Remember, Ramadan fasting is not about eating healthy or dieting, after sundown most Muslims consume at least as much energy as on a non-fasting day.
While scientists usually refer to alternate-day fasting as “intermittent fasting”, the average fitness enthusiasts will think of Martin Berkhan’s “lean gains” protocol, when he or she hears the words “intermittent fasting” – a protocol that involves fasting for minimally 16h and eating for maximally 8h and is thus somewhat similar to the “eat only after sundown” protocol Muslims follow during Ramadan.
Against that background, it makes sense to assume that the two dozen of peer-reviewed Ramadan fasting studies from the Middle East and the Muslim part of Asia provide an (albeit often uncontrolled) model for intermittent fasting.
Do you have to worry about fasting when your’re dieting!?
If we assume that this premise is true, a recent study from the Dr. Cipto Mangunkusumo General Hospital at the Universitas Indonesia, provides intriguing insights into the lean mass conserving effects of “intermittent fasting”.
The study aimed to evaluate the effect of Ramadan fasting on body composition in healthy Indonesian medical staff. To this ends, Ari Fahrial Syam et al. (2016) recorded the body composition of healthy medical staff members of the Dr. Cipto Mangunkusumo General Hospital before, during and after Ramadan fasting in 2013 (August to October).
Figure 1: Changes in body composition during the 28-day Ramadan fast (Syam. 2016).
In conjunction with data on the energy intake of the forty-three subjects, the data the scientists gathered appear to confirm what the proponents and followers of the “lean gains” variety of intermittent fasting say: You will lose body fat, but not muscle and that without significant reductions in energy intake.
According to 24h food recalls, the subjects didn’t change their energy intake during Ramadan. The fat loss can thus not be explained by the induction of a caloric deficit.
Yes, the body composition was assessed by BIA, but … while body impedance analysis (BIA) may not the best method to assess the %fa and % lean mas of trained athletes, but has been shown to have a high accuracy and reliability in “normal” people. Similarly, the 24-hour food recalls that were used to evaluate the subjects’ dietary intake are often a bit off, but that’s the case for both pre- and post-assessments, which is why it is reasonable to assume that there was indeed no significant change in total energy intake. This doesn’t change, though that it’s a pity that the scientists don’t provide information about individual nutrients intakes. Previous studies suggest increased protein intakes during Ramadan fasting (Frost. 1987; El Ati. 1995) – a potentially highly relevant increase, obviously.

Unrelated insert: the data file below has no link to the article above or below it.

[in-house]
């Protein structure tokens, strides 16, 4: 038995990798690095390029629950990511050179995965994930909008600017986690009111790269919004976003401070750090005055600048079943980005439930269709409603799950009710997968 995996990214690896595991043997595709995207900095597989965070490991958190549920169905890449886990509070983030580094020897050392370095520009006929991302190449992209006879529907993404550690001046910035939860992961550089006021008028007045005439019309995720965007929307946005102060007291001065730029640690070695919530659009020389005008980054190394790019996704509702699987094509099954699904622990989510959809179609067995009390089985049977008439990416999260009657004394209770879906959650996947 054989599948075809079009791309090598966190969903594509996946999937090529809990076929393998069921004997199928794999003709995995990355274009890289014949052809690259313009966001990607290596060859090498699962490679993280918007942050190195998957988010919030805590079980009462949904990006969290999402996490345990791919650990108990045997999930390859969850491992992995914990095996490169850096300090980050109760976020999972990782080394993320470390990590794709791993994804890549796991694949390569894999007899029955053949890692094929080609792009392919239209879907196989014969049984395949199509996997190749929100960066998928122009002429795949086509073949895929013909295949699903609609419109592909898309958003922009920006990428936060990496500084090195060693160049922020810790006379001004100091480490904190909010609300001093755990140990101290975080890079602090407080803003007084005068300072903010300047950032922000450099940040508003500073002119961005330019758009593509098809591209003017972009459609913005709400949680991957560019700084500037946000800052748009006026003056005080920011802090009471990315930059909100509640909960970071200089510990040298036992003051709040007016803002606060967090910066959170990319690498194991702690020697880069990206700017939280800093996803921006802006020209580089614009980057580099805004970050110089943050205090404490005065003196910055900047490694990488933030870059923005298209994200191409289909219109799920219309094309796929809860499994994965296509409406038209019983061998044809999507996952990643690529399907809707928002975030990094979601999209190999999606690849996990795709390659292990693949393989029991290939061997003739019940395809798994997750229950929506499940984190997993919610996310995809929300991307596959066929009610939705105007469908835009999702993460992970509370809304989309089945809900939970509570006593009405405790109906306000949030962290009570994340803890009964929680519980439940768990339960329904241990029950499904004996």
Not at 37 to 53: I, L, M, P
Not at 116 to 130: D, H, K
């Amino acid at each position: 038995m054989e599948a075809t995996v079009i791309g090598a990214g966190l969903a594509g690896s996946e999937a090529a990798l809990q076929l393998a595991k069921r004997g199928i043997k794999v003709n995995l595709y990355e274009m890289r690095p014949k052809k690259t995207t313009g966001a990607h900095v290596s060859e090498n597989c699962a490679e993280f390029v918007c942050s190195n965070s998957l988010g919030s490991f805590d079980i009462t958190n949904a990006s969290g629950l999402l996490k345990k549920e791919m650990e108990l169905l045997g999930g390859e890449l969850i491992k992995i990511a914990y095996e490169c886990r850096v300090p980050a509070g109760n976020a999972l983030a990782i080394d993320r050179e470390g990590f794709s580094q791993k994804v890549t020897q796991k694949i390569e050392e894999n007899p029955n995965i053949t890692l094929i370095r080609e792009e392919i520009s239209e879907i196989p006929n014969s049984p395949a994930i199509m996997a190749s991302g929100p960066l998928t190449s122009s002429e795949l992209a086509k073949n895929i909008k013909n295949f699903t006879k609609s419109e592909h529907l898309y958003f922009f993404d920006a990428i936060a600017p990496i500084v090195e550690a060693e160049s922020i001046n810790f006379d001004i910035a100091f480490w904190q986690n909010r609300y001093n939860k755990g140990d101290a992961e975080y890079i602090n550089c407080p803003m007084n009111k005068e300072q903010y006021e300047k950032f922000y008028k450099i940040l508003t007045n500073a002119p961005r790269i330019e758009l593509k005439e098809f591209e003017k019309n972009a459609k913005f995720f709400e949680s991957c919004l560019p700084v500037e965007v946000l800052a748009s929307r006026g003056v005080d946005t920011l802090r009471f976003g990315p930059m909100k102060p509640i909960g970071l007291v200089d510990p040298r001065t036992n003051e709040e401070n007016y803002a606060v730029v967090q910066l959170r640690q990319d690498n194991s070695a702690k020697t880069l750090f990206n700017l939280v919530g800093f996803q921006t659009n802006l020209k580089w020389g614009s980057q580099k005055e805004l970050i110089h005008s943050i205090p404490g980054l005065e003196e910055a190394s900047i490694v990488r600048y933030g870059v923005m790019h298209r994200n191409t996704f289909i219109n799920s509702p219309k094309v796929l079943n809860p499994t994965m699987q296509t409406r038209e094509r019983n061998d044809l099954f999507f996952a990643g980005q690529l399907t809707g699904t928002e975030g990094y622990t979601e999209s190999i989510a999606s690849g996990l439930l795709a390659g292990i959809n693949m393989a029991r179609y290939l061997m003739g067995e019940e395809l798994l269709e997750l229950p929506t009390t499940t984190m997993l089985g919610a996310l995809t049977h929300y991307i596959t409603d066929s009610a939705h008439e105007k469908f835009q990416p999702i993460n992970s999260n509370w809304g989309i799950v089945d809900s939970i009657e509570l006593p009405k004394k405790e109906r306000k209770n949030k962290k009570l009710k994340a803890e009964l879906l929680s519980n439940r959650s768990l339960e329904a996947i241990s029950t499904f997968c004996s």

One thing Syam’s study adds to the table, however, is that (a) the weight you will lose is not just body fat, it’s also a lot of water and even bone (see Figure 1) and that (b) your (fat) weight will bounce back, within 4-5 weeks when you return to your usual eating habits.
Table 1: Overview of pertinent research comparing the results of the study at hand to previous studies (Syam. 2016).
As the research overview in Table 1 shows, some, but not all of the (side) effects are actual news. Hossini et al. (2013), for example, didn’t observe changes in mineral or water content. The initially highlighted lack of protein / muscle loss, on the other hand, was observed in all three studies in which the exact body composition was measured. It is thus not unreasonable to assume that this is a characteristic feature of pertinent “intermittent fasting” protocols.
Bottom line: Don’t get all excited, even if the 24h food recall were accurate and the fat loss occurred in the absence of reductions in food intake, the fat loss was statistically significant, but with less than 500g practically negligible.
The more important message of the study at hand is thus that intermittent fasting doesn’t trigger a loss of muscle mass – a fear that is still prevalent, especially in male members of the fitness community
- El Ati, Jalila, C. H. I. R. A. Z. Beji, and J. A. B. E. R. Danguir. “Increased fat oxidation during Ramadan fasting in healthy women: an adaptative mechanism for body-weight maintenance.” The American journal of clinical nutrition 62.2 (1995): 302-307.
- Frost, G., and S. Pirani. “Meal frequency and nutritional intake during Ramadan: a pilot study.” Human nutrition. Applied nutrition 41.1 (1987): 47-50.
- Hosseini, Seyyed Reza Attarzadeh, et al. “The effect of ramadan fasting and physical activity on body composition, serum osmolarity levels and some parameters of electrolytes in females.” International Journal of Endocrinology and Metabolism 11.2 (2013): 88.
- Faris Mohammed Ahmed, et al. “Impact of Ramadan Intermittent Fasting on Oxidative Stress Measured by Urinary 15-F2t-Isoprostane.” Journal of Nutrition and Metabolism 2012 (2012).
- Norouzy, A., et al. “Effect of fasting In Ramadan on body composition and nutritional intake: a prospective study.” Journal of Human Nutrition and Dietetics 26.s1 (2013): 97-104.
- Sadiya, Amena, et al. “Effect of Ramadan fasting on metabolic markers, body composition, and dietary intake in Emiratis of Ajman (UAE) with metabolic syndrome.” Diabetes, metabolic syndrome and obesity: targets and therapy 4 (2011): 409.
- Syam, Ari Fahrial, et al. “Ramadan Fasting Decreases Body Fat but Not Protein Mass.” International Journal of Endocrinology and Metabolism 14.1 (2016).